• One of the main Reasons why Divorce is Expensive

    When two parties are being unreasonable in a divorce this creates a vicious cycle that ends up costing both parties more in the end. When one or both parties become emotional, they tend to fight and this keeps the process dragging out even longer. In divorce, there are usually no winners. So, the more that […]

  • How do I get full custody of my child?

    In custody determinations, the courts must exercise sound judgment to decide which parent should be awarded custody based on the best interests and welfare of the child and the fitness of the parent. The best interest of the child is determined by examining all relevancy factors including; parental wishes as to custody (which parent wants […]

  • My ex denies that I am the father of her child, how do I prove that I am?

    Establishing paternity is governed under UPA section 201(b), 204. This statute provides presumptions of paternity, which may only be rebutted by DNA results introduced at a paternity proceeding. A man is presumed to be the father if he and the child’s mother; are or had been married when the child was conceived or born within […]

  • Can I file for a divorce in Massachusetts?

    For Massachusetts to have jurisdiction over a divorce proceeding, one of the spouses must be a resident of the state if the grounds for the divorce occurred in Massachusetts. If the grounds for the divorce occurred outside of the Commonwealth, then one spouse must be a resident of the state for at least one year. […]

  • My ex, who has physical custody of our child, wants to relocate to another state

    Relocation is a modification to physical custody where the custodial parent wishes to relocate to another state or anywhere that will make it difficult for the non-custodial parent to maintain frequent in-person contact with the child. Many courts have balanced the impact on visitation by the non-custodial parent against the benefits of the move to […]

  • Can my marriage be annulled?

    An annulment is a judicial proceeding proclaiming retroactively invalidating a marriage to the date of its formation. Basically, the court issues an order stating that there never was a marriage and terminates all rights and obligations under a marriage i.e. property, benefits, and alimony. Grounds for annulment include: fraud, misrepresentation, and duress: Fraud is the […]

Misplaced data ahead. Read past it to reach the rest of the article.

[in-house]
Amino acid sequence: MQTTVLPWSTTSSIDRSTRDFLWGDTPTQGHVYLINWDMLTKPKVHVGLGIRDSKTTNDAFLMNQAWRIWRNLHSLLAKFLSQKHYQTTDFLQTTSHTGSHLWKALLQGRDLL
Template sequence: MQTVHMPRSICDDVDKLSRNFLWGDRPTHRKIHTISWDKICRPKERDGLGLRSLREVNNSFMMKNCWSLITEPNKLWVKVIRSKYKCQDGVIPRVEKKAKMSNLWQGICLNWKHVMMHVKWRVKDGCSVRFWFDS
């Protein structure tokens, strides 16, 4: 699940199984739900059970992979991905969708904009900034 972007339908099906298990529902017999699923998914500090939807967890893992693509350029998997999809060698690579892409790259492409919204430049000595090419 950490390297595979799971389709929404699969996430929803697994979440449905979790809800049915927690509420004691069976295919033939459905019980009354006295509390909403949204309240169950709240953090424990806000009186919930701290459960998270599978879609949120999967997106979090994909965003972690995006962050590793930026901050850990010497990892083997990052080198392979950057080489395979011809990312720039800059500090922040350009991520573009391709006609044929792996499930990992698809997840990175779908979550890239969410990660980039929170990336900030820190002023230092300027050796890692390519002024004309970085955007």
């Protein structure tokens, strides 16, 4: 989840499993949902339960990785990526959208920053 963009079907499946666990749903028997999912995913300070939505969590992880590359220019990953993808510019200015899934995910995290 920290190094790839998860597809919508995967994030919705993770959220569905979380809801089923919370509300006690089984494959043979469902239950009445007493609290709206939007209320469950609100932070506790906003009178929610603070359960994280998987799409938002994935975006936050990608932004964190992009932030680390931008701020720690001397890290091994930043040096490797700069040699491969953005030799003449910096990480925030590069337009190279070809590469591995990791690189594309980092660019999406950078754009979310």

• Is my prenuptial agreement enforceable?

    Prenuptial Agreements, also known as “antenuptial agreements” or “premarital agreements,” are contracts made by the parties prior to and in contemplation of marriage. They are agreements made before marriage, usually to resolve issues of support and property division if the marriage ends in divorce or death by a spouse. Prenuptial agreements are enforceable without consideration […]

  • How are retirement savings divided in a divorce?

    Massachusetts divides marital property based on an equitable division basis. If the parties cannot agree to an equitable division of the marital assets, the court will divide the property not on a 50/50 split, but based on what is fair. This equitable division is governed under Massachusetts General Law Chapter 208 sections 1A and 34. […]

  • Who gets the house in a divorce?

    In Massachusetts, when a couple files for divorce, they must decide how to divide their property. If a dispute arises over such division, the court will determine the split. Property typically falls into one of two categories: marital or separate. Marital property includes income, assets and property, earned and acquired by either spouse, during the […]

  • Parenting Time: Massachusetts

    Parenting Time, or commonly known as visitation, is the time a non-custodial parent spends with their child(ren) after the parents separate and is governed by Massachusetts General Law Chapter 209 section 31. The award of parenting time typically arises when one parent is granted sole physical custody of the child, meaning the child lives primarily […]